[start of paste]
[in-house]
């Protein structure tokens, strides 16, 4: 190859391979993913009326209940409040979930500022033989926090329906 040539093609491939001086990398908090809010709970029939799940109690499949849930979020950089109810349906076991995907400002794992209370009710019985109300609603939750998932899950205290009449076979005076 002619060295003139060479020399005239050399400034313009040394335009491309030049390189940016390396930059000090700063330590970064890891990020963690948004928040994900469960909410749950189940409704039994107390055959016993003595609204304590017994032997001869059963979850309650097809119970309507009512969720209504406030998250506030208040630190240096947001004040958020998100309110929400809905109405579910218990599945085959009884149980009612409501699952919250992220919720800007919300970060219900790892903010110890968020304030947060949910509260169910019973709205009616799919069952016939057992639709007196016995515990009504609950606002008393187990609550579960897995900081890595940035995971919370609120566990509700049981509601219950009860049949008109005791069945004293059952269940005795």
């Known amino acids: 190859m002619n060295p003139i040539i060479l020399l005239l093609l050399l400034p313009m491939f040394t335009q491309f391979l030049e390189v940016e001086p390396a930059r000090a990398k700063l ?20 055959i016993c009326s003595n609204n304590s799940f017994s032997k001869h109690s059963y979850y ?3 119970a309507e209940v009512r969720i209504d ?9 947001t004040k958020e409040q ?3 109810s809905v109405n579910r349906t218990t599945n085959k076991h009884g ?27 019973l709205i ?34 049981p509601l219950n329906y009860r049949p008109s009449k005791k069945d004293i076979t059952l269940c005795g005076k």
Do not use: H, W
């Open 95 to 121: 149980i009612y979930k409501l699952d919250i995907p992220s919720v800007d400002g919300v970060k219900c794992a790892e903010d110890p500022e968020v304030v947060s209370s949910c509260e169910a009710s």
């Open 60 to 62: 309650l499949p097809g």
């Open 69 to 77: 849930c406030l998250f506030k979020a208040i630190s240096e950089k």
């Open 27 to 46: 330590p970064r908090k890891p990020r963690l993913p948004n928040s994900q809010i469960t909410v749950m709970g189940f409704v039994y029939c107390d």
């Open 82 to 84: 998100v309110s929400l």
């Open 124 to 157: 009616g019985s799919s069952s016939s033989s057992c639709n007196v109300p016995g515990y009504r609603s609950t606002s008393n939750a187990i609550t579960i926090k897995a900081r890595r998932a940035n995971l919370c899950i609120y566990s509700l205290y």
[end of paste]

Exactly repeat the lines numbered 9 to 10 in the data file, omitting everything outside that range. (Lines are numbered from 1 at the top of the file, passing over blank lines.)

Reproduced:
């Open 82 to 84: 998100v309110s929400l």
């Open 124 to 157: 009616g019985s799919s069952s016939s033989s057992c639709n007196v109300p016995g515990y009504r609603s609950t606002s008393n939750a187990i609550t579960i926090k897995a900081r890595r998932a940035n995971l919370c899950i609120y566990s509700l205290y």